Thu, Jul 05, 2018 - Page 14 News List

Book review: Shakespeare in the East

Anime and manga quote him, the Chinese set heavy metal to him and Chiang Kai-shek compared him to Confucius — this book about Asian treatments of Shakespeare is a fascinating read

By Bradley Winterton  /  Contributing Reporter

Shakespeare’s Asian Journeys, edited by Bi-qi Beatrice Lei,
Judy Celine Ick, and Poonam Trivedi.

This collection of essays by different hands on Shakespeare’s plays as they’ve been approached in various parts of Asia is edited by Taiwan’s Bi-chi Beatrice Lei (雷碧琦), founder of the Taiwan Shakespeare Association and a research fellow at National Taiwan University’s Research Center for Digital Humanities. She also contributes a chapter on a crucial turning-point in Shakespeare production in Taiwan.

In that chapter she highlights a production of Hamlet in Taipei in April 1964, the 400th anniversary of Shakespeare’s birth. Prior to that, she writes, the autocratic government of Chiang Kai-shek (蔣介石) had seen to it that any theater productions other than state-supported propaganda and shows mounted by troupes affiliated to the military were difficult to stage. As a result, many theaters closed down or were converted to cinemas.

But beginning in 1964, and perhaps with this very Hamlet production, Shakespeare began to be perceived by authorities as an anti-communist force, without much alteration. He stood, perhaps, for humanism, the integrity of the family and Confucian values in general. King Lear, Hamlet and Macbeth, for instance, all stood for, or could be seen to stand for, the protection of the family against assaults from without. Foreign invasion, present in all three plays, need not be out of place considering the Chinese Nationalist Party (KMT) longstanding ambitions vis-a-vis China, although a play such as The Tempest, which depicts a ruler unjustly ousted from his kingdom and taking refuge on a small island, could present problems.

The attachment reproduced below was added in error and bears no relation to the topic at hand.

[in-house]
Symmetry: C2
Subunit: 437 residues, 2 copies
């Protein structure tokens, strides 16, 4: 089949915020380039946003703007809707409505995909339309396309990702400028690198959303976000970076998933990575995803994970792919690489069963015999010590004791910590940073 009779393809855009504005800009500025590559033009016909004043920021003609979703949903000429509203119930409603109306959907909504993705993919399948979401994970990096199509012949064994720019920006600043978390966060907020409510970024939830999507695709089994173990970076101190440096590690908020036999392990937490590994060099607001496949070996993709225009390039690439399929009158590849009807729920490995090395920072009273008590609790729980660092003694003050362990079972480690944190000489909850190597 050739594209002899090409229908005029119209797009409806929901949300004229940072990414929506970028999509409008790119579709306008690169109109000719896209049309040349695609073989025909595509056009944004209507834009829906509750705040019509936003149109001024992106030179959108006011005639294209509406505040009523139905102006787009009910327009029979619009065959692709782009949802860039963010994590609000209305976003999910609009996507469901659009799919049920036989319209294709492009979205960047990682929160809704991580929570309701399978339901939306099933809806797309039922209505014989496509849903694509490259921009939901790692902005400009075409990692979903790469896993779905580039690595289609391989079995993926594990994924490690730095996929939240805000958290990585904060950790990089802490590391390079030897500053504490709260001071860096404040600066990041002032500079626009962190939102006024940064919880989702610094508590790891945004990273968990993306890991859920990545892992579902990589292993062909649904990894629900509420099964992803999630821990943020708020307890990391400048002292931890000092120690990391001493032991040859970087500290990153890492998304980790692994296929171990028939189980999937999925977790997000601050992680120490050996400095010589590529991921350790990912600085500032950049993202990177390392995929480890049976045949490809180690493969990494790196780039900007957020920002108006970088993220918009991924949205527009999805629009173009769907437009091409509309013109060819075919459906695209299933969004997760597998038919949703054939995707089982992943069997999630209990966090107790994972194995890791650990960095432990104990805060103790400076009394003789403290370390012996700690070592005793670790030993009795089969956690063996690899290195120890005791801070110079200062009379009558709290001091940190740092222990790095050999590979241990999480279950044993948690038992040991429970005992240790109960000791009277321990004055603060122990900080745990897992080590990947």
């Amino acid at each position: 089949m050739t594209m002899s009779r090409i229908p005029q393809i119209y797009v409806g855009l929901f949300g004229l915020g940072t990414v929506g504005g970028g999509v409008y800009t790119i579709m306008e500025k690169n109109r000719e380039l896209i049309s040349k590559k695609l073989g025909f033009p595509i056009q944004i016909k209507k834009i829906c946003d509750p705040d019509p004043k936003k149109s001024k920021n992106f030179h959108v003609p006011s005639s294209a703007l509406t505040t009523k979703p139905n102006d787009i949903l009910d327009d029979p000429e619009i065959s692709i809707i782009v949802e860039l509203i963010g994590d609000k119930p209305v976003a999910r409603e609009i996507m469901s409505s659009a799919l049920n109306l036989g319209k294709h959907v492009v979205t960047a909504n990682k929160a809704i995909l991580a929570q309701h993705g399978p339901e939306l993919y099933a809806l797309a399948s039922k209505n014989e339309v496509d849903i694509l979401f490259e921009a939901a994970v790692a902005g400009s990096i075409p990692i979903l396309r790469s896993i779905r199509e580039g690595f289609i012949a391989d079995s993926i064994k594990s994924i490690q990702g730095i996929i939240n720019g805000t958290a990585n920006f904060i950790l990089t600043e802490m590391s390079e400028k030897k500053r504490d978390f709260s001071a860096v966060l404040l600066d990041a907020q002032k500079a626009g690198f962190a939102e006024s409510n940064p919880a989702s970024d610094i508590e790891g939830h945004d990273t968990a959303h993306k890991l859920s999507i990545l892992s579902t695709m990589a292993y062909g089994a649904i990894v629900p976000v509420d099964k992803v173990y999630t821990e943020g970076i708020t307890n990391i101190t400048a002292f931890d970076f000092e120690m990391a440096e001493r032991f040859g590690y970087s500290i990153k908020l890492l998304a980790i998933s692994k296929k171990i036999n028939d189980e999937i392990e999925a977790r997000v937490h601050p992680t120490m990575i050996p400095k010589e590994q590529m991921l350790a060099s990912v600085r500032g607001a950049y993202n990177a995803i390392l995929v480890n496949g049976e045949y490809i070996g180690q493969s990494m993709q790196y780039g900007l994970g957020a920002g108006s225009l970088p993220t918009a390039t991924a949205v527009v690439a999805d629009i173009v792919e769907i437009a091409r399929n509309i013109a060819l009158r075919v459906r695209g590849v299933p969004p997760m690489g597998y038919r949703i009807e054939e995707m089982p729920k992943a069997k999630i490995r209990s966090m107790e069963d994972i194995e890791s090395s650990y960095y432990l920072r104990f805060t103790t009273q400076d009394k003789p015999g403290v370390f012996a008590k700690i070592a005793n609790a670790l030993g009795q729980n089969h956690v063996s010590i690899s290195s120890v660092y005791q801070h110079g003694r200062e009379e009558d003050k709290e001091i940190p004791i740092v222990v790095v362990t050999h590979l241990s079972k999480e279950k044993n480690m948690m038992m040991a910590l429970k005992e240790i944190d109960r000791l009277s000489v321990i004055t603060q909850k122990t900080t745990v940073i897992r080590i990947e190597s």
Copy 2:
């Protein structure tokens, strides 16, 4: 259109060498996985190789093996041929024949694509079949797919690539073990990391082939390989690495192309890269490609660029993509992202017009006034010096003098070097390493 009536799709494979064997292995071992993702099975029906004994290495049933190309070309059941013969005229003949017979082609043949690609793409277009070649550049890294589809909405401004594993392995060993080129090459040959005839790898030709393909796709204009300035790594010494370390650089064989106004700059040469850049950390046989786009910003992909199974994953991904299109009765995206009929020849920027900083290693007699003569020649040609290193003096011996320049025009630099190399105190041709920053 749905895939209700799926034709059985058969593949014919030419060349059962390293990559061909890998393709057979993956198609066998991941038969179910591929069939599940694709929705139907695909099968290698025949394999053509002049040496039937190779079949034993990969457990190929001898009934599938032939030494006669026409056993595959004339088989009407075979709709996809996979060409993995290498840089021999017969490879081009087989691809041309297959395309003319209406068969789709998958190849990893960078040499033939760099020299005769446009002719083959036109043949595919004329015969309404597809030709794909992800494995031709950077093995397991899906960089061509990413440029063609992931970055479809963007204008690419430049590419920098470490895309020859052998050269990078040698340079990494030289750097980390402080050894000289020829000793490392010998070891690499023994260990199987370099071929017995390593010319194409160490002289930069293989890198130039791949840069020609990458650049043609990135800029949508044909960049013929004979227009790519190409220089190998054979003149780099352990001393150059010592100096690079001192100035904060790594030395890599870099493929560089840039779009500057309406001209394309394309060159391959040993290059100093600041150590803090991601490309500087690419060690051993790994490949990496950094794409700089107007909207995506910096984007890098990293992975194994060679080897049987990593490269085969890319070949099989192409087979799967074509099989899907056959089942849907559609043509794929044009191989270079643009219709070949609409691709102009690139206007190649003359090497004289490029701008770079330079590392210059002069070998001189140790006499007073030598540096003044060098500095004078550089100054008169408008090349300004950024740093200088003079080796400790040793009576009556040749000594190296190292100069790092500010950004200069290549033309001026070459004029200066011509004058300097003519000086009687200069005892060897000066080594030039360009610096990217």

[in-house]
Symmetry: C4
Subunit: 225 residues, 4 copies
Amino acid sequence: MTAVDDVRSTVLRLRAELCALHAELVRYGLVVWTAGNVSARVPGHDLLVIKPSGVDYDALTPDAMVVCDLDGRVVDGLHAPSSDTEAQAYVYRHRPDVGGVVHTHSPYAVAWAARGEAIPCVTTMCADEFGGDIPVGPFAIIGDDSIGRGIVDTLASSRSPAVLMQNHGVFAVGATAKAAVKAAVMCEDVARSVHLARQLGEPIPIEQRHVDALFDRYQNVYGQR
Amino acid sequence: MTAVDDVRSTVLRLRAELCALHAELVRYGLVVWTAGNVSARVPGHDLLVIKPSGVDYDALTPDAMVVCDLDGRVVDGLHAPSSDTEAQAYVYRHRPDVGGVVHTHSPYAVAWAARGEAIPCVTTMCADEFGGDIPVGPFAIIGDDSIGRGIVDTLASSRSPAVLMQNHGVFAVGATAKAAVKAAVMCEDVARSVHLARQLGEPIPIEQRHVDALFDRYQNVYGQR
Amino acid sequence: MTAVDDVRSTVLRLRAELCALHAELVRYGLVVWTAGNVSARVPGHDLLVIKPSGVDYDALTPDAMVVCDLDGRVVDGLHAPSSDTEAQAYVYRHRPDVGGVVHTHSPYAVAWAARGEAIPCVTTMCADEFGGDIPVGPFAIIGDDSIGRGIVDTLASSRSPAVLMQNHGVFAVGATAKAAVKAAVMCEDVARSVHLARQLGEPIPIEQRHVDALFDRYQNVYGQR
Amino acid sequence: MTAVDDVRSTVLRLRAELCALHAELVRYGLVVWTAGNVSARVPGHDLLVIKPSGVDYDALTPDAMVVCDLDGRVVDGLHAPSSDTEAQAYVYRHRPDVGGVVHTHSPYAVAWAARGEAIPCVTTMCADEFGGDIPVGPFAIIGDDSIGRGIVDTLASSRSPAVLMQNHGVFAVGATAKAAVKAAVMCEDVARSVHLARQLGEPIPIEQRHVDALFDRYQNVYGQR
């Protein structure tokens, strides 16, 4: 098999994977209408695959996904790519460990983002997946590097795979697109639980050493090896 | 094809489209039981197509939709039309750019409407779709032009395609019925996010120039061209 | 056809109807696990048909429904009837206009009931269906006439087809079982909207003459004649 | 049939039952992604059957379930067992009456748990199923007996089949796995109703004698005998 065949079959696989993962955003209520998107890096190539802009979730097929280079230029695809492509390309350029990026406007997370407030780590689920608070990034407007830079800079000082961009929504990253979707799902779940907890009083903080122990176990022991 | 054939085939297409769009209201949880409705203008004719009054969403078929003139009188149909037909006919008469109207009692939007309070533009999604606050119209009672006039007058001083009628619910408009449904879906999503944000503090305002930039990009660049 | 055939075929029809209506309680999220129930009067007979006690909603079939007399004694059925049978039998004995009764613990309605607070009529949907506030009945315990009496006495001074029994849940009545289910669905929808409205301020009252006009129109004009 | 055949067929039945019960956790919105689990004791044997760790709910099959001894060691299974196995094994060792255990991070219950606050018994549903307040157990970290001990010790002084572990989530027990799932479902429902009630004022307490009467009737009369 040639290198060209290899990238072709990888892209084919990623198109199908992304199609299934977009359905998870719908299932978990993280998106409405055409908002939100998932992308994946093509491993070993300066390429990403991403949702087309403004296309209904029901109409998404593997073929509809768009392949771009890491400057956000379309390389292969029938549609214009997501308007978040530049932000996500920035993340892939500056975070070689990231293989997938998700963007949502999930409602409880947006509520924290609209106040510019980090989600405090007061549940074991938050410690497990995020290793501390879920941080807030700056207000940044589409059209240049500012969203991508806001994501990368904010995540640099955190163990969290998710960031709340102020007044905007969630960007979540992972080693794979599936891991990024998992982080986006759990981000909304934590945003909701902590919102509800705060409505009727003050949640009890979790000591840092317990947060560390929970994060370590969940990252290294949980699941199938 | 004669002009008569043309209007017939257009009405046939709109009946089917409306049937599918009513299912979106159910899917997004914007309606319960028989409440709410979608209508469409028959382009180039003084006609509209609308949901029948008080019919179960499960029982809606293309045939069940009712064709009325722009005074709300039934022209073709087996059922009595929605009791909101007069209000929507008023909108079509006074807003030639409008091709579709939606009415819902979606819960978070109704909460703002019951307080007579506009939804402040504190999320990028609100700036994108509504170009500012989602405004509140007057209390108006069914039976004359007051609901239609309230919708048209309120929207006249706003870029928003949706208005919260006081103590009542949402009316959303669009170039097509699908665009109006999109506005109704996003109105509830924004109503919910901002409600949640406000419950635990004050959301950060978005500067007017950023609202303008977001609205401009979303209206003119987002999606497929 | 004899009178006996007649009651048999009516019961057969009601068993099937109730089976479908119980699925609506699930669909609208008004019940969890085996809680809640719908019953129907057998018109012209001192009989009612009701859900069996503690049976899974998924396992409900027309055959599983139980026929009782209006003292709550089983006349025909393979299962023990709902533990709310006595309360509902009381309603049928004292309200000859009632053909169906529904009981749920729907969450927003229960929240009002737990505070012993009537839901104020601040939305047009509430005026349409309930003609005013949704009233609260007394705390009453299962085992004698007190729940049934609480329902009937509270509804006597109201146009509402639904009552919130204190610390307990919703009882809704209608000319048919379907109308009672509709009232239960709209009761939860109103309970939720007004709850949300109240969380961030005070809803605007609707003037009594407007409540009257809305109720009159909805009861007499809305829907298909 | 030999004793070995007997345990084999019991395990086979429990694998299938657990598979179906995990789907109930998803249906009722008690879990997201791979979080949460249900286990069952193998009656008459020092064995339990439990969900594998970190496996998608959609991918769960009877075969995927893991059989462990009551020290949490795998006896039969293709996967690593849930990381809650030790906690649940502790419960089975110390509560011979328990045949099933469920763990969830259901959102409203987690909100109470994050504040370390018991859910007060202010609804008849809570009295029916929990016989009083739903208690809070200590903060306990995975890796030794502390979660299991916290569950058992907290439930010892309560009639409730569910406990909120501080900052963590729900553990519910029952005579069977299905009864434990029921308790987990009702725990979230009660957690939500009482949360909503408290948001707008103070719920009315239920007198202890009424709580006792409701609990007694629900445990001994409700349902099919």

Over the next two decades of straight Shakespeare productions in Mandarin a reaction set in — but a reaction in theatrical fashion in the newly democratic country rather than any change in the perception of the Bard’s political position. And Shakespeare performances have continued in one form or another in Taiwan ever since.

Publication Notes

Shakespeare’s Asian Journeys

Edited by Bi-qi Beatrice Lei,

Judy Celine Ick, and Poonam Trivedi

271 pages / Routledge

Hardback: US


Lei also contributes an editorial introduction, arguing that the book’s motivation was her realization that most critics have failed to notice that Shakespearean productions in Asia have not only put him into another language but have promoted “new ways of seeing, hearing and knowing” him. Ample evidence is presented for this thesis. Lei says the book covers Indonesia, Malaysia and the Philippines, countries that have often been omitted from such surveys before.

Furthermore, Asian productions of Shakespeare can serve to unite this huge region, Lei says. Whereas it may be pointless to compare an Indian dance, a Chinese opera and a Japanese film, to look at their respective handlings of the same Shakespeare play are very illuminating.

Nevertheless, connections between 16th century England and 20th century Asia can be misplaced. Hamlet’s revulsion at sex, for instance, apparent in many passages, cannot be viewed as comparable to Gandhi’s chastity, let alone seen as a way of focusing his life on a political aim and accepting the workings of providence, as Gandhi’s was. Yet Poonam Trivedi, one of this book’s editors, argues something similar. Hamlet’s revulsion was more likely simply Shakespeare’s own, in a play that is characterized by the diversity of its non-political themes.

Some of the productions described here would be wonderful to experience. One is Park Jung-e’s ongoing One-man Show: Macbeth, played by a single man and a single women on alternating nights. It’s in Korean, but there are scraps of English text, both in a modern and the original version, projected high up in one corner, and the setting is a squalid basement room in an undesirable Seoul suburb.

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